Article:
A Jam-Packed Week of Classical Music Events You Shouldn't Miss

by

Gabriel Bolkosky
  • Gabriel Bolkosky
There’s lots to highlight this week, and a number of organizations have scoffed at triskaidekaphobia and piled up events on Friday the 13th. That’s actually a lucky thing for classical music fans. Choices are good.

Oberlin Opera Theater will present four performances of English composer Benjamin Britten’s 1946 opera The Rape of Lucretia this week in Hall Auditorium on the Oberlin College campus. Directed by Jonathon Field, with Oberlin’s excellent Contemporary Music Ensemble led by Timothy Weiss in the orchestra pit, the double-cast show opens on Wednesday, November 11, then plays on Friday the 13th, Saturday the 14th, and Sunday the 15th (all at 8:00 pm except Sunday, which begins at 2:00 pm).

Britten and his librettist Ronald Duncan drew on André Obey’s play Le viol de Lucrèce, works by Livy and Ovid, and William Shakespeare’s poem The Rape of Lucrece in crafting the story of an actual incident in early Roman history, but with some interesting twists. Set in Etruscan Rome around 500 BCE, the story centers on Lucretia, the wife of a general, who is driven to despair and suicide after being raped by a prince. In Duncan and Britten’s take on the tale, this ancient pagan tragedy is viewed through the eyes of two Christian choruses, one male and one female. In Field’s production, those two choruses are in conflict. There’s another theme lurking just under the surface: the marginalization of the victims of World War II during a struggle against tyranny that parallels Lucretia’s own tragedy. There’s a lot to unpack in this production, and Oberlin has planned several lectures and panel discussions this week, some based on ancient art in the Allen Museum’s collection. See the ClevelandClassical.com concert listings for details about the add-on events, and reserve your tickets here.

Speaking of ancient art, one of the most famous medieval epic poems will come to vivid life as singer/storyteller Benjamin Bagby presents Beowulf, the medieval legend under the auspices of Apollo’s Fire on November 13, 14, and 17 in venues in Cleveland and Akron. To the accompaniment of his poet’s harp and with the help of modern English supertitles, Bagby, who founded the European medieval music ensemble Sequentia, will recite in Old English a big chunk of the Anglo-Saxon tale of the Danish warrior who slew both Grendel and the monster’s horrific mother. It’s nothing like anything you’ve ever heard before, and Bagby’s telling of the tale will certainly be far more hair-raising than the excerpts you read in school. Performances are on Friday, November 13 at 8:00 pm at St. Paul’s Episcopal Church in Cleveland Hts., Saturday, November 14 at 8:00 pm in Reinberger Chamber Hall at Severance Hall, and on Tuesday, November 17 at First Methodist Church in Akron. Apollo’s Fire is handling the tickets: reserve here.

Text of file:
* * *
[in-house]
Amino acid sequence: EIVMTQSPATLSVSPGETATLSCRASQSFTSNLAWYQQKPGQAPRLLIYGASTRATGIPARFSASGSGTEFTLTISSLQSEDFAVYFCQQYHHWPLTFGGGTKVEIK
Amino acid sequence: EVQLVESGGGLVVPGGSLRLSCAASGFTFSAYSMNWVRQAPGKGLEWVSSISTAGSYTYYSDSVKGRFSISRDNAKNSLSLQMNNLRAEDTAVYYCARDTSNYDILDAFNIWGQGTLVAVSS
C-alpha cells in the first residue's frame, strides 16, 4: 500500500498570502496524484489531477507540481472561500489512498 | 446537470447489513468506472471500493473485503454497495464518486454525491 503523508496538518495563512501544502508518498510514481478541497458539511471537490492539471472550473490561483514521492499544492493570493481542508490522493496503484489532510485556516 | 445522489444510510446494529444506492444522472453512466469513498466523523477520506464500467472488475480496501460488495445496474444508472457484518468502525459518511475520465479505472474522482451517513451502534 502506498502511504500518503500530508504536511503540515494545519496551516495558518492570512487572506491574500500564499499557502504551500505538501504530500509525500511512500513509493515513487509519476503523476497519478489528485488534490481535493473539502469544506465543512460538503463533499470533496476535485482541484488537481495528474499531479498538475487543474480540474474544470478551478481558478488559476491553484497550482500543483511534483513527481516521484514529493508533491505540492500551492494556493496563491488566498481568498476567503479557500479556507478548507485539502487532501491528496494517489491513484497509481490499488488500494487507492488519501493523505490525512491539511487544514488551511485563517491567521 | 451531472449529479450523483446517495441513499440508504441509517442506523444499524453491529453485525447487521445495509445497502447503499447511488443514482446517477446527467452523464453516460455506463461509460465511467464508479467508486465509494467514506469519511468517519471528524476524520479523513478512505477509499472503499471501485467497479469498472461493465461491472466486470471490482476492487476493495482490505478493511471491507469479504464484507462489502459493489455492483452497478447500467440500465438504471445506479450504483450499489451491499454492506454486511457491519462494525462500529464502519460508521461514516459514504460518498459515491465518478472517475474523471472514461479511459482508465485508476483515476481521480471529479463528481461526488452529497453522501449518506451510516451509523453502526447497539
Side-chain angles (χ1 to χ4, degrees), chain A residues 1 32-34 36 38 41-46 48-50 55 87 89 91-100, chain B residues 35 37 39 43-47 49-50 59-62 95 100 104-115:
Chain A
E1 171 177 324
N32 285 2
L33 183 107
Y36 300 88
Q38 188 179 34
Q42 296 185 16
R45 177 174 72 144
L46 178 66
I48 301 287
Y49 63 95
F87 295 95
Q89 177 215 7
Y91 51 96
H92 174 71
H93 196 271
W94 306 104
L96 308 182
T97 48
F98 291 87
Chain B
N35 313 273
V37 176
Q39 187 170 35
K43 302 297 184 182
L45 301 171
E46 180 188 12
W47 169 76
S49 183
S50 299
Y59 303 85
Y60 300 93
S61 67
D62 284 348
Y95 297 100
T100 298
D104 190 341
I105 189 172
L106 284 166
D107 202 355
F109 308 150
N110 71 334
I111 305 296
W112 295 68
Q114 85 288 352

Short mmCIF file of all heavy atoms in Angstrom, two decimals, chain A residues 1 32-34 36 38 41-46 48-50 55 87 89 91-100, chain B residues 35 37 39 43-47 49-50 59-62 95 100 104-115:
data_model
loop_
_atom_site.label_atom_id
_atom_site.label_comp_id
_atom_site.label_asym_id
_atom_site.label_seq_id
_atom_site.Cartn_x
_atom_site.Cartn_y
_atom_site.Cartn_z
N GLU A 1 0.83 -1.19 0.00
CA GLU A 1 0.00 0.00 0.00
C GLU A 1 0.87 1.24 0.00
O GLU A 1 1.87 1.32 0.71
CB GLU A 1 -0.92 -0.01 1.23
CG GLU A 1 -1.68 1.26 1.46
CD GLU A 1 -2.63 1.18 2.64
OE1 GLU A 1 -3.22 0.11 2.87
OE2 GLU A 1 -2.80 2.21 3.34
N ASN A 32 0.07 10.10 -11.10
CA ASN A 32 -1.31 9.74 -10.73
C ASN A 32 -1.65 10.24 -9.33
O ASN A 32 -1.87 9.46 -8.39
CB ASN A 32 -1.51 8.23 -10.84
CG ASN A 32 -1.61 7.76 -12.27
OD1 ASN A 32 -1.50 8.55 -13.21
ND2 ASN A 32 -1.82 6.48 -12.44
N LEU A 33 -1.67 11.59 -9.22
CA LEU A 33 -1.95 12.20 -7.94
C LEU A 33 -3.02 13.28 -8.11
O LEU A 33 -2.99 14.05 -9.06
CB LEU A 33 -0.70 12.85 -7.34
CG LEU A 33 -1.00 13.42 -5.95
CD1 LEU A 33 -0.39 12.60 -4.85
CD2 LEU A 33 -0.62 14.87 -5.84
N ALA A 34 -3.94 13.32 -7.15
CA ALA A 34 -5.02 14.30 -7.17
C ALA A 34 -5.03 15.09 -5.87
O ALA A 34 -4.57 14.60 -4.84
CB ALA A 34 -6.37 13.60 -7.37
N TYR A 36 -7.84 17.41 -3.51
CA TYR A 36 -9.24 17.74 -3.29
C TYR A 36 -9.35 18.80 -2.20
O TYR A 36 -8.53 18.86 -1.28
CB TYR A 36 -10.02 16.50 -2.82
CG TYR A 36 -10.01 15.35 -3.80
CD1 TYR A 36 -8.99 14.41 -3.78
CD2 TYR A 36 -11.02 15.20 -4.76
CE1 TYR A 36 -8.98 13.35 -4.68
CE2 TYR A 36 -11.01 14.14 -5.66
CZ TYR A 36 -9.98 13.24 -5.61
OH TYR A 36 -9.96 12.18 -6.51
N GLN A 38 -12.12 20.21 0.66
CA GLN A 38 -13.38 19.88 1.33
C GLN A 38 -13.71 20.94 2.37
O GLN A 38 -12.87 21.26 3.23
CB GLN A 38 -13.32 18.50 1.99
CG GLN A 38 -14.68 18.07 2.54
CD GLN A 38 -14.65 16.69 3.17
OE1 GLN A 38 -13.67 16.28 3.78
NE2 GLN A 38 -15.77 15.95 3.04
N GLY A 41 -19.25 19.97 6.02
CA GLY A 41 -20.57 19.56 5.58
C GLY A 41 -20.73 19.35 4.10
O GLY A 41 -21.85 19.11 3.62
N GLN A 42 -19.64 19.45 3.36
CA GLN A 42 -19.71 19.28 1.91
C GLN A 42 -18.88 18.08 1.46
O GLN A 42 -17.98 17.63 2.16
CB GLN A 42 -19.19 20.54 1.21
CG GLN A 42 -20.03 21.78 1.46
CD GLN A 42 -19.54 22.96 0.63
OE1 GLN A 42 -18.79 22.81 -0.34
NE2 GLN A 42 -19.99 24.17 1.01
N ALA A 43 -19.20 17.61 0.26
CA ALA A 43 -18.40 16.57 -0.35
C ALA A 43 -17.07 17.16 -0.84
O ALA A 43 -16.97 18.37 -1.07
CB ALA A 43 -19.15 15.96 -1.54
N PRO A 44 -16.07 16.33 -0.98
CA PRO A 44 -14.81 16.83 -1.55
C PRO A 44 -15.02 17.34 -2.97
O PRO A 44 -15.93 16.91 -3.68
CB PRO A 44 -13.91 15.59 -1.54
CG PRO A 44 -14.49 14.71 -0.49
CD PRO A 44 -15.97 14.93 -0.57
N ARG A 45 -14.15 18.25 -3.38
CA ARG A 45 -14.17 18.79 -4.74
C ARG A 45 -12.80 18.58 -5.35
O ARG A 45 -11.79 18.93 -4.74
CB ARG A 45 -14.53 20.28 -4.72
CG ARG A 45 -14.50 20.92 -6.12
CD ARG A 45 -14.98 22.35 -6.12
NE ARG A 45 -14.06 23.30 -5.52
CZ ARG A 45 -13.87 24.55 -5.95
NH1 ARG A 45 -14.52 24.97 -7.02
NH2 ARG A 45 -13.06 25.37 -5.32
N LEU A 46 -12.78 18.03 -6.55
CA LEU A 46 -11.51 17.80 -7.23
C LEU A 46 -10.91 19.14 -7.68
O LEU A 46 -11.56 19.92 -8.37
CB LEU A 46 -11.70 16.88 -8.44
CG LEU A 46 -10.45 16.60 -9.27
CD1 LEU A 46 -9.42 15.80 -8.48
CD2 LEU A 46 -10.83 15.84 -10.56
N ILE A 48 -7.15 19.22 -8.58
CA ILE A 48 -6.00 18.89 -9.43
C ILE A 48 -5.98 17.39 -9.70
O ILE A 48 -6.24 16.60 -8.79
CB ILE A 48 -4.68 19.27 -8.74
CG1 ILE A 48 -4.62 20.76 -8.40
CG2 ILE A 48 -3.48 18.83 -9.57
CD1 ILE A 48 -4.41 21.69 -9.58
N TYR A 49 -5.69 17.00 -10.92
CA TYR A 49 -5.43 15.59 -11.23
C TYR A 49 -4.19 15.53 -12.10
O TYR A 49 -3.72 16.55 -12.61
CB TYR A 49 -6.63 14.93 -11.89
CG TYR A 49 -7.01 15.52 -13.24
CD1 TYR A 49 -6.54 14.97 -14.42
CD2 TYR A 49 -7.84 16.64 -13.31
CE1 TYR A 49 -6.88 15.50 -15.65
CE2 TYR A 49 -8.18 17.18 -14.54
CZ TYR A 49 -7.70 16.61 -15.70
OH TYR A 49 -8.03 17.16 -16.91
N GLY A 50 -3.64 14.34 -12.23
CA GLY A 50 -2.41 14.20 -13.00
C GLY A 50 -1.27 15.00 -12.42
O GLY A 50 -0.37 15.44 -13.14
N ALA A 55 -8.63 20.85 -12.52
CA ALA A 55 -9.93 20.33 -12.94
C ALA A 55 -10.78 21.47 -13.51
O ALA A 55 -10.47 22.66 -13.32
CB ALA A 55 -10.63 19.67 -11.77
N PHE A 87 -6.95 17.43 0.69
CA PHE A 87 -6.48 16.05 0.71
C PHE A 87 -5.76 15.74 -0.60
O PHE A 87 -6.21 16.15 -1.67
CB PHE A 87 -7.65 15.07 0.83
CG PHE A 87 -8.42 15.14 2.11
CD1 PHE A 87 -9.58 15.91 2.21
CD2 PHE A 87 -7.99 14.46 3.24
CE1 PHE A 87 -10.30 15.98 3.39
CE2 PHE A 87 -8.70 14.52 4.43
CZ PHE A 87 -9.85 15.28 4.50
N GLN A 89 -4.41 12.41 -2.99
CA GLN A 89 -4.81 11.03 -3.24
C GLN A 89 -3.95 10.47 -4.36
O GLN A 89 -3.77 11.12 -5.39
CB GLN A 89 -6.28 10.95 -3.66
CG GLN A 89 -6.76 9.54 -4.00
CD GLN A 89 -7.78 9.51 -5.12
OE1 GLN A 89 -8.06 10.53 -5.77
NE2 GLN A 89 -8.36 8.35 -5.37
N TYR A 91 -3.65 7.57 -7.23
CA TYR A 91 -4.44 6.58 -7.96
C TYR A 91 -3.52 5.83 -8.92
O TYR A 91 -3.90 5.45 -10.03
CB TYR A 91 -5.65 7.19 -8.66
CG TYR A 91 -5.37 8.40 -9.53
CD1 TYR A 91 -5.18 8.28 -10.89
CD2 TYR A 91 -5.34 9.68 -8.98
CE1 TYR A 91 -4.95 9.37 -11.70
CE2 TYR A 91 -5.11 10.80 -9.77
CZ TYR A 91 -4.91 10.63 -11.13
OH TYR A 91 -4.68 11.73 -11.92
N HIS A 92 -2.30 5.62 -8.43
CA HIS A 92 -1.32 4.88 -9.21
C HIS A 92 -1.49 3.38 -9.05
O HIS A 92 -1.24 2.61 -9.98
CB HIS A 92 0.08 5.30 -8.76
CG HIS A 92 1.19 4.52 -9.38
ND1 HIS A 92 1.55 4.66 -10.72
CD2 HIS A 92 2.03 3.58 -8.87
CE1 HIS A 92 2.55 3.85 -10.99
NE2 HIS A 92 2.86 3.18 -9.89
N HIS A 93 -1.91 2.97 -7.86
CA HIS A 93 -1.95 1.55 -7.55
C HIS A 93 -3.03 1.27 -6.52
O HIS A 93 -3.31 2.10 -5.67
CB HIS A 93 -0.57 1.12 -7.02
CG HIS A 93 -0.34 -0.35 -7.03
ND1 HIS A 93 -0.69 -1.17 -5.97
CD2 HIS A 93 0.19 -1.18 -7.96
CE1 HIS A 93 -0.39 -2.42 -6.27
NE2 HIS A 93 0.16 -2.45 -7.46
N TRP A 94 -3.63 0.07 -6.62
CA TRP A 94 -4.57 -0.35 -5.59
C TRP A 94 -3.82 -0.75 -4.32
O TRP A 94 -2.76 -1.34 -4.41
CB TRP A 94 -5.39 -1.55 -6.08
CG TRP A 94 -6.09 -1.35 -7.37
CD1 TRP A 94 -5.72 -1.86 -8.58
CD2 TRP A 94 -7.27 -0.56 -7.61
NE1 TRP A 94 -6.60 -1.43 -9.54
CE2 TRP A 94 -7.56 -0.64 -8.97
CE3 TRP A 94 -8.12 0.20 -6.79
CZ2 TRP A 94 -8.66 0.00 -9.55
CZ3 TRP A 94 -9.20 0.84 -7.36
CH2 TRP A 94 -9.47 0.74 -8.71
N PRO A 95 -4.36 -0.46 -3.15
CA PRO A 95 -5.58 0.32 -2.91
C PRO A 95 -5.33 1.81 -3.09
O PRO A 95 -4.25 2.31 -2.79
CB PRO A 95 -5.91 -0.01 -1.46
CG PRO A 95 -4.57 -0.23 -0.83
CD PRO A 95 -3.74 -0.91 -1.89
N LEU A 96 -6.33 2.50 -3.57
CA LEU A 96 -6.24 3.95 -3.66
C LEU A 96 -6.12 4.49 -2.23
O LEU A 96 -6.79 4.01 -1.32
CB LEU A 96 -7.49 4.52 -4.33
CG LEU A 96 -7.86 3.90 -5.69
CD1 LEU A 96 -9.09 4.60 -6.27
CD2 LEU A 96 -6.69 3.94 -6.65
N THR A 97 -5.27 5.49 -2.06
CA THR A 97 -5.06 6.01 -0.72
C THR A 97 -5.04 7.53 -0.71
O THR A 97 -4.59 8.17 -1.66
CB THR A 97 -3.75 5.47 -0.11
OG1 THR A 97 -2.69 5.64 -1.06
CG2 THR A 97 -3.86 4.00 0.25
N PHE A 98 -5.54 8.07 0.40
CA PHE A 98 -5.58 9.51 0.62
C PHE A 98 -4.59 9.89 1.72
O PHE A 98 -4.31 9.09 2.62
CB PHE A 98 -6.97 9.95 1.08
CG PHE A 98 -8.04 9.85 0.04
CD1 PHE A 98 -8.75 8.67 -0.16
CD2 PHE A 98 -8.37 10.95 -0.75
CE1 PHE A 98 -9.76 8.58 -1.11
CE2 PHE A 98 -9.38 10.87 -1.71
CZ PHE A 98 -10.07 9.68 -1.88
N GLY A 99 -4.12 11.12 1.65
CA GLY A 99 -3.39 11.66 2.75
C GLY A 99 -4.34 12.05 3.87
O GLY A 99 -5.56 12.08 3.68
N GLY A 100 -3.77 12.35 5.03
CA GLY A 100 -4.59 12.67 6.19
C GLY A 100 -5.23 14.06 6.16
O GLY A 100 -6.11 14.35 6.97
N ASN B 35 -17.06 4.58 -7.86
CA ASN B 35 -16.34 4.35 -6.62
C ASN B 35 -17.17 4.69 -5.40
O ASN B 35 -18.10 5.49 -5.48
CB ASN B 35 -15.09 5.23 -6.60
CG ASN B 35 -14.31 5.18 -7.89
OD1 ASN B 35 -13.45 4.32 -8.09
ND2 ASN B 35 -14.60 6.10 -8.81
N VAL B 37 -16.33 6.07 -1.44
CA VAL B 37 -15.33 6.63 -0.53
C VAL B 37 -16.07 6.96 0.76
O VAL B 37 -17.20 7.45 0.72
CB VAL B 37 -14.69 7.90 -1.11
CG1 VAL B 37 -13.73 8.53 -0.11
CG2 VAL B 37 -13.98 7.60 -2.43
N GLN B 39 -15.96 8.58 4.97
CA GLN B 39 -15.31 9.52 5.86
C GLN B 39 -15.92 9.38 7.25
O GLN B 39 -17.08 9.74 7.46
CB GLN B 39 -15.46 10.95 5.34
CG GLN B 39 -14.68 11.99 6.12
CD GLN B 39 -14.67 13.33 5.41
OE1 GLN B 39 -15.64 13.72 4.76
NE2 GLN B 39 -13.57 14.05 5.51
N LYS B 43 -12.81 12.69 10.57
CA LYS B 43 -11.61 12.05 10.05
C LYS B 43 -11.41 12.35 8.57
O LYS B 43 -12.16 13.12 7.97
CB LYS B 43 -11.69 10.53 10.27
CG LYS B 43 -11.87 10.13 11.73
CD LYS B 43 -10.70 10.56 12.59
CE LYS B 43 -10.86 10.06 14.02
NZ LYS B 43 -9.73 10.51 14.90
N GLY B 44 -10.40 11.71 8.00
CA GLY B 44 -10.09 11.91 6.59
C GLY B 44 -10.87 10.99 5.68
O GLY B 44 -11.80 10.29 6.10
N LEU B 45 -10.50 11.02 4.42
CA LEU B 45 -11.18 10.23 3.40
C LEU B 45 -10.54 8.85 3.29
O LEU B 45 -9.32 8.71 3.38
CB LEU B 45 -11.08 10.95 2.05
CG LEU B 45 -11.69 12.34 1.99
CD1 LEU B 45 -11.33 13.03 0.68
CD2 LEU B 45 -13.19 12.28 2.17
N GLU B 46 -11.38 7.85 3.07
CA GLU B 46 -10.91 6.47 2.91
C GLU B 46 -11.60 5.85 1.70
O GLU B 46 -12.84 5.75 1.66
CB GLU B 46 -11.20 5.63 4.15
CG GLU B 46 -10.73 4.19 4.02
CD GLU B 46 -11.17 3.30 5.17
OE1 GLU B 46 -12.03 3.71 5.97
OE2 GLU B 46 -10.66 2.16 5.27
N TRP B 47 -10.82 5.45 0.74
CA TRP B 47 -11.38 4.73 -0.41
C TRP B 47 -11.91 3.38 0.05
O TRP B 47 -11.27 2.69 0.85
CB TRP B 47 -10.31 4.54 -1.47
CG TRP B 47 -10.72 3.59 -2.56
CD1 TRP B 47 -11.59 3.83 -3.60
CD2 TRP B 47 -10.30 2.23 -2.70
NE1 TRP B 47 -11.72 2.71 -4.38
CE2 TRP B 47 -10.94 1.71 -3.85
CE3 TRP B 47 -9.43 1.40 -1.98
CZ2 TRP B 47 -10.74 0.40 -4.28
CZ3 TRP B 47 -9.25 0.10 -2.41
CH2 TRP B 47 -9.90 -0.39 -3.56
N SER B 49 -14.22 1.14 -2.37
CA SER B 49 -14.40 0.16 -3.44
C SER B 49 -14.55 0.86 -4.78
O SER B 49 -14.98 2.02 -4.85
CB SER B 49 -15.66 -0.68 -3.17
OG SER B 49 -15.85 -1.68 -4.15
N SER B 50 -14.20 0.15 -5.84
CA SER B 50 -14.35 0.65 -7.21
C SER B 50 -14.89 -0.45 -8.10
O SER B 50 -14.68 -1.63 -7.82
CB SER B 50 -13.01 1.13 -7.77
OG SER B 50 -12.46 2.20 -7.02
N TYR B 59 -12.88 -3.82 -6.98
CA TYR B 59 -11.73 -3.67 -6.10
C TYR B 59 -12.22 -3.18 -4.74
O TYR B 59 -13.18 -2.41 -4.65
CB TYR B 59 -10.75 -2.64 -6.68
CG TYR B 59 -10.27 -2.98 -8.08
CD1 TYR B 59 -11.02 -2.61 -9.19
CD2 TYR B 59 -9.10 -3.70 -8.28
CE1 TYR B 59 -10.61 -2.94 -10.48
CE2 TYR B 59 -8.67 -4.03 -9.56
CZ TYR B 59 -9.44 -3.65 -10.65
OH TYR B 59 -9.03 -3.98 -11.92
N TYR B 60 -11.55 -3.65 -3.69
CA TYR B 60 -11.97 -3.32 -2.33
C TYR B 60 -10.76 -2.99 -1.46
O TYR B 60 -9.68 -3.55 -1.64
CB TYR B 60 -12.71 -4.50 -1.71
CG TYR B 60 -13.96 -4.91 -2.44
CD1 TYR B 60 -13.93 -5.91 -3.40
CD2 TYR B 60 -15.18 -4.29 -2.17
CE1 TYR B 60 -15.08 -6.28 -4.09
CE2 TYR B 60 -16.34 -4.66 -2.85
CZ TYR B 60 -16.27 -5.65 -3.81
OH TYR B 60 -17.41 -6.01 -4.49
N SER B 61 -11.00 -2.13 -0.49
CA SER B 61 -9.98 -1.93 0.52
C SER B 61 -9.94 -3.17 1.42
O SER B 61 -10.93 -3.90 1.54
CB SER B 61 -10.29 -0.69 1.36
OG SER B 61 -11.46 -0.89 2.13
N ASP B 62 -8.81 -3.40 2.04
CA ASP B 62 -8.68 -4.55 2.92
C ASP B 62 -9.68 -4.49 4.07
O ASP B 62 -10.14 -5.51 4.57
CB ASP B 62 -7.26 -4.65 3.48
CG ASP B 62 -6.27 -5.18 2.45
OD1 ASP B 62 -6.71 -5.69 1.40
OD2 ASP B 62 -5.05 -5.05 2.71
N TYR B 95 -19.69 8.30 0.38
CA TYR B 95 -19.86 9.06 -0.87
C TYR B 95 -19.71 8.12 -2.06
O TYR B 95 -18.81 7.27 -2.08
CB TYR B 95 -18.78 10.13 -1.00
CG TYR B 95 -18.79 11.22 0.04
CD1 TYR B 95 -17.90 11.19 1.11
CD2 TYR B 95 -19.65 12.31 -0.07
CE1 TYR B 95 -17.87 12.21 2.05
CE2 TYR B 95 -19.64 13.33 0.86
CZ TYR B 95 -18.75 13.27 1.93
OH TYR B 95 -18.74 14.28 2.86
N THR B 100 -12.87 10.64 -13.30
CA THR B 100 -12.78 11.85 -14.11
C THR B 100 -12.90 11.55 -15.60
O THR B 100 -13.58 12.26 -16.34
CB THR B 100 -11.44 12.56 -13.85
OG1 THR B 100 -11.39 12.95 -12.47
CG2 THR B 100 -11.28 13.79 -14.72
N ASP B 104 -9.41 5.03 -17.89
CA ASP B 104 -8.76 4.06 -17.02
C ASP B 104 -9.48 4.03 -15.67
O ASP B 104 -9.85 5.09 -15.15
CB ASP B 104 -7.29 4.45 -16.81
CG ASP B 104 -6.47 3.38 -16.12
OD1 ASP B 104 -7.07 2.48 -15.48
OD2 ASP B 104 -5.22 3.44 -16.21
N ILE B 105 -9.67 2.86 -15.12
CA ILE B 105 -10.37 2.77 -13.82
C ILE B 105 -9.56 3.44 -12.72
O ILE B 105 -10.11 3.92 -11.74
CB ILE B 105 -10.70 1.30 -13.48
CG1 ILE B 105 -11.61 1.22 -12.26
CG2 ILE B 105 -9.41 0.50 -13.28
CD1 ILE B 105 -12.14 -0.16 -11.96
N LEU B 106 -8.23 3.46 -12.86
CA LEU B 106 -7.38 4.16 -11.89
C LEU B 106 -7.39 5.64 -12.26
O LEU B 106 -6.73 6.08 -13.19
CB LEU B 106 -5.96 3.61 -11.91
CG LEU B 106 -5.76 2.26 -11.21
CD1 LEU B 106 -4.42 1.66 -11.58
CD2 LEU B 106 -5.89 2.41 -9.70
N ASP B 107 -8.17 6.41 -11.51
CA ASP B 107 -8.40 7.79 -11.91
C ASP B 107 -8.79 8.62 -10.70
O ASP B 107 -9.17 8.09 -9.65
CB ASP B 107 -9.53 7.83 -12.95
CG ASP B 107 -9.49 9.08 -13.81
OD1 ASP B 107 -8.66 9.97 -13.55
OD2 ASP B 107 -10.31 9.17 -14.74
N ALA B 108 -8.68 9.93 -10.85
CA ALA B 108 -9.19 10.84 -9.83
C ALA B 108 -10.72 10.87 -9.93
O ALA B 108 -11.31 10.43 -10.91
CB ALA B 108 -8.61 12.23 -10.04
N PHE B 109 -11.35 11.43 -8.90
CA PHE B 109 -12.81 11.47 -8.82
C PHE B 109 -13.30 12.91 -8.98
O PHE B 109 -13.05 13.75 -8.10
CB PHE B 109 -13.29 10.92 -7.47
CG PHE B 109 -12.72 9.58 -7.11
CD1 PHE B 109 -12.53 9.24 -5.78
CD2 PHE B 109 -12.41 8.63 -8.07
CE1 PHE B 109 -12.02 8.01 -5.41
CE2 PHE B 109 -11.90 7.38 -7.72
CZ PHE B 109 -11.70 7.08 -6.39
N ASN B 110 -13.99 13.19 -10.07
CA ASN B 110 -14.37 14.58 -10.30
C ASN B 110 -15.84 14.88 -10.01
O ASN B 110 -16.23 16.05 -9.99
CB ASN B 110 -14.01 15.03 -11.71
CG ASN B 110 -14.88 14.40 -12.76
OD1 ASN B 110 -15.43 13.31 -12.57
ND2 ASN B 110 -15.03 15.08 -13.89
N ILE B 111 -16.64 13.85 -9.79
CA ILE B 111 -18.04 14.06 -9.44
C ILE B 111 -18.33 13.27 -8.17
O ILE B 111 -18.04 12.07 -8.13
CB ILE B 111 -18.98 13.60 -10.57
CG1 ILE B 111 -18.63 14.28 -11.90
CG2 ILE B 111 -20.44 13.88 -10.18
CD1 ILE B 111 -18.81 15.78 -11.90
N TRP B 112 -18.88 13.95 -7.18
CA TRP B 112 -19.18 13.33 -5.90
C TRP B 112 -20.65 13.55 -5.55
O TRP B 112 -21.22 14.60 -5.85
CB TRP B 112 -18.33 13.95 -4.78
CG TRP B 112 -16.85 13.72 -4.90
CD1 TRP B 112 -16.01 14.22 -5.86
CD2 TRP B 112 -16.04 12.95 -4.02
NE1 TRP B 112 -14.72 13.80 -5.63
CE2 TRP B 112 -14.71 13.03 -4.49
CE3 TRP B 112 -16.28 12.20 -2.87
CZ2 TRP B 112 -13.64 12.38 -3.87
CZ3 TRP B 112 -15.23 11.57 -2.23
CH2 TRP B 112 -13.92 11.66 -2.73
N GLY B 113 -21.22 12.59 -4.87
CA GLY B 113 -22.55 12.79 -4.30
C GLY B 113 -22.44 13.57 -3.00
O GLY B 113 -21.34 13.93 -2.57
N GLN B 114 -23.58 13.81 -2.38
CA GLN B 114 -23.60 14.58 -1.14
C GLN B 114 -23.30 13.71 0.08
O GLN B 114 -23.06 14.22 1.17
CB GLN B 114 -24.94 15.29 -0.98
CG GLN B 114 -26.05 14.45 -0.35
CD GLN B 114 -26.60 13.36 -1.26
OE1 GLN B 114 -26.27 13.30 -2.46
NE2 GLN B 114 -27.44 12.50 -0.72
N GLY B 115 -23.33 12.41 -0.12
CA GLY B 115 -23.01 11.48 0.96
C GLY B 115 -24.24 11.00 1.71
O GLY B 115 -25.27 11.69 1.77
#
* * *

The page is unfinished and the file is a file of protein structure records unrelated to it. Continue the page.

Crossover violinist Gabriel Bolkosky will return to his native Cleveland on Friday, November 13 to play music by Astor Piazzolla and Miles Davis with his classical and jazz buddies on the Tri-C Presents series at Metro Campus Auditorium. One of the founders of the Oblivion Project, Bolkosky will solo in his own arrangements of Piazzolla’s L’histoire du Tango and The Four Seasons of Buenos Aires backed up by piano, then piano and string quartet. Then he’ll join saxophonist Andrew Bishop, bassist Marion Hayden, pianist Tad Weed, and pianist Peter Siers in excerpts from Miles Davis’s Sketches of Spain, the famous Third Stream album released in 1960. Piazzolla and Davis stretched the boundaries of tango and jazz well beyond the traditional, stirring up more than a little controversy along the way. Tickets for the 8:00 pm show can be ordered online.

FiveOne Experimental Orchestra, aka 51XO, will continue its 7th season of new music concerts with “Sacrum Silentium” (“Sacred Silence”) on Friday, November 13 at 8:00 pm at Disciples Christian Church, 3663 Mayfield Rd. in Cleveland. Under the arches of the church’s vaulted sanctuary, the ensemble promises a listening experience that’s “utterly invigorating and compellingly contemplative.” On the menu are Jordan Nobles’ Simulacrum, David Crowell’s Like A Machine (commissioned by 51XO), John Thompson’s Fine. Awful. Whatever. Great. (a world premiere), Jeremy Allen’s Broccoli September, Michael Bratt’s Atari Punk (commissioned by 51XO), and Arvo Pärt’s Pari Intervallo. There’s no charge for this performance, but freewill offerings are welcome.

The four-month-long Violins of Hope Cleveland project will feature Klezmer music on Sunday, November 15 at 7:00 pm when the duo Di Tsvey — Steven Greenman, violin, and Pete Rushefsky, tsimbalom — performs at Anshe Chesed Fairmount Temple, 23737 Fairmount Blvd. in Beachwood. Greenman and Rushefsky will play traditional and original Klezmer music that celebrates the historical role of the violin in East European Jewish culture. The playlist includes “baroque-inspired Jewish pieces that were performed for important life-cycle events, lively dance tunes, and meditative Hasidic spiritual melodies.” The free concert will begin with a 30-minute lecture about the history of Klezmer music.

Check out a complete two-week calendar of classical music events here.


comment

Add a comment